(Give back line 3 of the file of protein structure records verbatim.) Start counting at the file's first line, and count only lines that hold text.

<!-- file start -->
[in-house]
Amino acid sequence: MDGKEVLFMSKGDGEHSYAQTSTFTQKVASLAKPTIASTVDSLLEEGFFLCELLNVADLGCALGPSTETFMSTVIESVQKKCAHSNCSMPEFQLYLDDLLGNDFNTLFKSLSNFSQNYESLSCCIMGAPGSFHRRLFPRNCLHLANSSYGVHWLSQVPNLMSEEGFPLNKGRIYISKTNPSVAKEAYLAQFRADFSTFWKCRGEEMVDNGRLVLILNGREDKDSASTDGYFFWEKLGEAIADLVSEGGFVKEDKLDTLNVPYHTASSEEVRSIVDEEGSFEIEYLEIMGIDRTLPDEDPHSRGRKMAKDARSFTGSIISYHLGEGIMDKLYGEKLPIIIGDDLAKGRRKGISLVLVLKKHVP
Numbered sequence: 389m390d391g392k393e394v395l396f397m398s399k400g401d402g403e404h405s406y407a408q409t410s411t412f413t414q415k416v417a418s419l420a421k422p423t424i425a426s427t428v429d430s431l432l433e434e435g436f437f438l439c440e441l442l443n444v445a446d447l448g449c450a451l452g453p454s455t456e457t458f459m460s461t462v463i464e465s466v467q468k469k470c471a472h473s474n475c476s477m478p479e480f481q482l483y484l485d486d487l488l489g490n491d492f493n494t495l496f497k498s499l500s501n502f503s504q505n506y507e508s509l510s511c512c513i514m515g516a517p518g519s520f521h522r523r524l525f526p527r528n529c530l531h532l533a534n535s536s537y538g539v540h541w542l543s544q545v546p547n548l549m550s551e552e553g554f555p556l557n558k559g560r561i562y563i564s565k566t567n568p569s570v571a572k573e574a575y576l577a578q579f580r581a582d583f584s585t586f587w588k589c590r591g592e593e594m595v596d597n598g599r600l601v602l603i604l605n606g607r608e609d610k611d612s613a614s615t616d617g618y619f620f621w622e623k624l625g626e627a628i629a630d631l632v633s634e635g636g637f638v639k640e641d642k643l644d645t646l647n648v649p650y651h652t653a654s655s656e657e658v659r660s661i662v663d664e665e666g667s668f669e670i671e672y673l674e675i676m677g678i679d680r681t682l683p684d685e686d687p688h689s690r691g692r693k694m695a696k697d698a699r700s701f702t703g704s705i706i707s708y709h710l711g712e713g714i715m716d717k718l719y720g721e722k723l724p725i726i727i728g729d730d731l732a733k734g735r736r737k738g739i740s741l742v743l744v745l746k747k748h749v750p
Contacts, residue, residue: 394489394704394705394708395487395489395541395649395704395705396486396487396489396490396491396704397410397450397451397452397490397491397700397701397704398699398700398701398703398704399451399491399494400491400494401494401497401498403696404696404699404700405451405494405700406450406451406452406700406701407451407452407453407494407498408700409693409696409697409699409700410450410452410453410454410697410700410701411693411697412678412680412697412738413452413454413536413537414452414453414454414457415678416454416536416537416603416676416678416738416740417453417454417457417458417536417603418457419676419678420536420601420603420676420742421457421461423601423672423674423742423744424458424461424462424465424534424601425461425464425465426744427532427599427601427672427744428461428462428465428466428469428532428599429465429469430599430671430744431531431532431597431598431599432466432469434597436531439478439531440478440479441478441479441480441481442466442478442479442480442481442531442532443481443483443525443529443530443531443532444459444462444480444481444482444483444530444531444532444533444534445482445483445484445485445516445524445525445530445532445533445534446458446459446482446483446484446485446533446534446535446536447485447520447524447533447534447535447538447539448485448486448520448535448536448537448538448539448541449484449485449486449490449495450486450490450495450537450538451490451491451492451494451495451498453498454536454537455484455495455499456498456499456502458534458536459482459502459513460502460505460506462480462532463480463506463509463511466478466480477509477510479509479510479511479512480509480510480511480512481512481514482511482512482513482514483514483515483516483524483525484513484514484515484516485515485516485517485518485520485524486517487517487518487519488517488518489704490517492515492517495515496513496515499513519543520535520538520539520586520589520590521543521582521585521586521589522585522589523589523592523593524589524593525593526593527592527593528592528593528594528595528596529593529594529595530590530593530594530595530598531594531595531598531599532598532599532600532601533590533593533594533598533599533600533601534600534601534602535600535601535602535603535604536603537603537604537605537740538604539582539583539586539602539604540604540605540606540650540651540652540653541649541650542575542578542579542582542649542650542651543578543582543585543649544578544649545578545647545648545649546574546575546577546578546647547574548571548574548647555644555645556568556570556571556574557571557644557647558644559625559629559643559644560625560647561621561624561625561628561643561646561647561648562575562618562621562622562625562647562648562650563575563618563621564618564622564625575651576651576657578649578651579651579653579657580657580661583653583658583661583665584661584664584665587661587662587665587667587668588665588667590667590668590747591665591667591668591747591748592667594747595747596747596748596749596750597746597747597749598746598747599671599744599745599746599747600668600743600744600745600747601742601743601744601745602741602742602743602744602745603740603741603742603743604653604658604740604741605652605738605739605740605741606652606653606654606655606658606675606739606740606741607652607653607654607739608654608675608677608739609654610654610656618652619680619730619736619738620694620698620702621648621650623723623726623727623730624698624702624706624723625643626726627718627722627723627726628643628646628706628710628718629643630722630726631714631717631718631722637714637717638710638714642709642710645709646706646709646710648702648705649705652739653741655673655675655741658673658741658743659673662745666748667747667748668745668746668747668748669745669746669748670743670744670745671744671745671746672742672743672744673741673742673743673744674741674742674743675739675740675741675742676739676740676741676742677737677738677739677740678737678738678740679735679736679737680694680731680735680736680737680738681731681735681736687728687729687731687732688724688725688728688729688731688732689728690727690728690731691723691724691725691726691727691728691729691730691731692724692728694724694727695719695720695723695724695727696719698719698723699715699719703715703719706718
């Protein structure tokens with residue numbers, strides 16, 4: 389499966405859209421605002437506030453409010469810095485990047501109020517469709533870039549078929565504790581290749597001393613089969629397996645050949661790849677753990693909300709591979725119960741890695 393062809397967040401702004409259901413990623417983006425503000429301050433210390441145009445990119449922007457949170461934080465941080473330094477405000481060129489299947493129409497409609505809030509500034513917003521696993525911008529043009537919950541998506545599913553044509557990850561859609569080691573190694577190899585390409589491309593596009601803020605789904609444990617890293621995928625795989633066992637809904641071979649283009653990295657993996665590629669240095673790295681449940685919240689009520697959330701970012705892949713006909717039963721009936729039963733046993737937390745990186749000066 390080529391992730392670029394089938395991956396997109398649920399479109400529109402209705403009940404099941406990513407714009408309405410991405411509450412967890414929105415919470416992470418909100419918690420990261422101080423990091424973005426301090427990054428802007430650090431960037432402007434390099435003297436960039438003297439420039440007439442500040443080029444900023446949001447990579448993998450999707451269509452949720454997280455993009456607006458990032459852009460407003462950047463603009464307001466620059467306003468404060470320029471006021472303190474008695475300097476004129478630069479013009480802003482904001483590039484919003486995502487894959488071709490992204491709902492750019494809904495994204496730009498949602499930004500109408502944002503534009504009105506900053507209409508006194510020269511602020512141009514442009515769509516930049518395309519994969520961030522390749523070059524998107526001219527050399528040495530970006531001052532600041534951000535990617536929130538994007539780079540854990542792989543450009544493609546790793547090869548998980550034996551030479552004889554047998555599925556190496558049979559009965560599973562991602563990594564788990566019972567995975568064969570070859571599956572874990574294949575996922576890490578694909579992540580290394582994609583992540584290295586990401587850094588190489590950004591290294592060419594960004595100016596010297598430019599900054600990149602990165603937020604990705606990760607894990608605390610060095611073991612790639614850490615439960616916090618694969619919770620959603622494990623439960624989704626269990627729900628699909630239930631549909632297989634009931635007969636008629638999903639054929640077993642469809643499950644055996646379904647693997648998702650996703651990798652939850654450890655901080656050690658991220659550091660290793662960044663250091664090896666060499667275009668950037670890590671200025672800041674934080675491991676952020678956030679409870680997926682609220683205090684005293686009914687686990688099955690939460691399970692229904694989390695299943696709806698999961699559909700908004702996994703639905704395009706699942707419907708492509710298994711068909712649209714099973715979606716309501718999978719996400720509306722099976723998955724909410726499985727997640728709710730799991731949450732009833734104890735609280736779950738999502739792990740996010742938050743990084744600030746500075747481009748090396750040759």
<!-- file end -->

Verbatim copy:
Numbered sequence: 389m390d391g392k393e394v395l396f397m398s399k400g401d402g403e404h405s406y407a408q409t410s411t412f413t414q415k416v417a418s419l420a421k422p423t424i425a426s427t428v429d430s431l432l433e434e435g436f437f438l439c440e441l442l443n444v445a446d447l448g449c450a451l452g453p454s455t456e457t458f459m460s461t462v463i464e465s466v467q468k469k470c471a472h473s474n475c476s477m478p479e480f481q482l483y484l485d486d487l488l489g490n491d492f493n494t495l496f497k498s499l500s501n502f503s504q505n506y507e508s509l510s511c512c513i514m515g516a517p518g519s520f521h522r523r524l525f526p527r528n529c530l531h532l533a534n535s536s537y538g539v540h541w542l543s544q545v546p547n548l549m550s551e552e553g554f555p556l557n558k559g560r561i562y563i564s565k566t567n568p569s570v571a572k573e574a575y576l577a578q579f580r581a582d583f584s585t586f587w588k589c590r591g592e593e594m595v596d597n598g599r600l601v602l603i604l605n606g607r608e609d610k611d612s613a614s615t616d617g618y619f620f621w622e623k624l625g626e627a628i629a630d631l632v633s634e635g636g637f638v639k640e641d642k643l644d645t646l647n648v649p650y651h652t653a654s655s656e657e658v659r660s661i662v663d664e665e666g667s668f669e670i671e672y673l674e675i676m677g678i679d680r681t682l683p684d685e686d687p688h689s690r691g692r693k694m695a696k697d698a699r700s701f702t703g704s705i706i707s708y709h710l711g712e713g714i715m716d717k718l719y720g721e722k723l724p725i726i727i728g729d730d731l732a733k734g735r736r737k738g739i740s741l742v743l744v745l746k747k748h749v750p